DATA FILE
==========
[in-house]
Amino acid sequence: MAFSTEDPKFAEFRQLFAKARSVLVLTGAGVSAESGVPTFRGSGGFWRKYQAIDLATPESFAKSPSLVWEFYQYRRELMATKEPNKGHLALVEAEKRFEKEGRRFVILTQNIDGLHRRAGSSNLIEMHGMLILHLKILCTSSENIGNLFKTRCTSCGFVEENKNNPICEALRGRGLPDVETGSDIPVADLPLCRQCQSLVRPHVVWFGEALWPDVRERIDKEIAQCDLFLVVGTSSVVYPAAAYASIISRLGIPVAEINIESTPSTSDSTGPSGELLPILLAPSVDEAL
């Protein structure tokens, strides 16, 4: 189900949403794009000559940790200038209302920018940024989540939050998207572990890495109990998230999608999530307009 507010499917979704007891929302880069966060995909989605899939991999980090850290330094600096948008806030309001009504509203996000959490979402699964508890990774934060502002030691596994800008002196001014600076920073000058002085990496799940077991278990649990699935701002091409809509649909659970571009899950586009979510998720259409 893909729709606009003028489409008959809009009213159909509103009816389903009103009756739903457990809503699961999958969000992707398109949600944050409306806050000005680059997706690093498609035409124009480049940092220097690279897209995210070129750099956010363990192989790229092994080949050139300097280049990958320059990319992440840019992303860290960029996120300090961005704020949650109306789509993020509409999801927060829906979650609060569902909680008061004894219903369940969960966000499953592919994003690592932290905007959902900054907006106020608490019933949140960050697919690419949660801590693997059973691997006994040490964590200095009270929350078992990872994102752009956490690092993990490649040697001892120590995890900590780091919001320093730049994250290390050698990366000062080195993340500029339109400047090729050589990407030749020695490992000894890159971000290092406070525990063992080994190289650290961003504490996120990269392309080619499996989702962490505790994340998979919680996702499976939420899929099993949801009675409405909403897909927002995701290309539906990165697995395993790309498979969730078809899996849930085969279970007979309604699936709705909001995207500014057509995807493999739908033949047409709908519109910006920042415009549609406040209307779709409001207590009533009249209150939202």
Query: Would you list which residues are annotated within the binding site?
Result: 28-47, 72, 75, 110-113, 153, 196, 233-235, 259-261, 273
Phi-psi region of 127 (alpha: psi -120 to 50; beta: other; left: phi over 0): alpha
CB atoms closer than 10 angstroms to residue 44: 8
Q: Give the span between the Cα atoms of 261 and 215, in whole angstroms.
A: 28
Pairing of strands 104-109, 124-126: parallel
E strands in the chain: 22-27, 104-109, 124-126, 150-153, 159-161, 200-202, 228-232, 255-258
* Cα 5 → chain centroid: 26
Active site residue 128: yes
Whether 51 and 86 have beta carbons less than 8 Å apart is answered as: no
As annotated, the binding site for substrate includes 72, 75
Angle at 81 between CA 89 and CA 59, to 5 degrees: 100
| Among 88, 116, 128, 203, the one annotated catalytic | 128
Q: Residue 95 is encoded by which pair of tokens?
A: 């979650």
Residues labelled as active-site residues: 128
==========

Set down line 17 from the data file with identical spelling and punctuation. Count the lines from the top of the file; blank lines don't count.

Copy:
| Among 88, 116, 128, 203, the one annotated catalytic | 128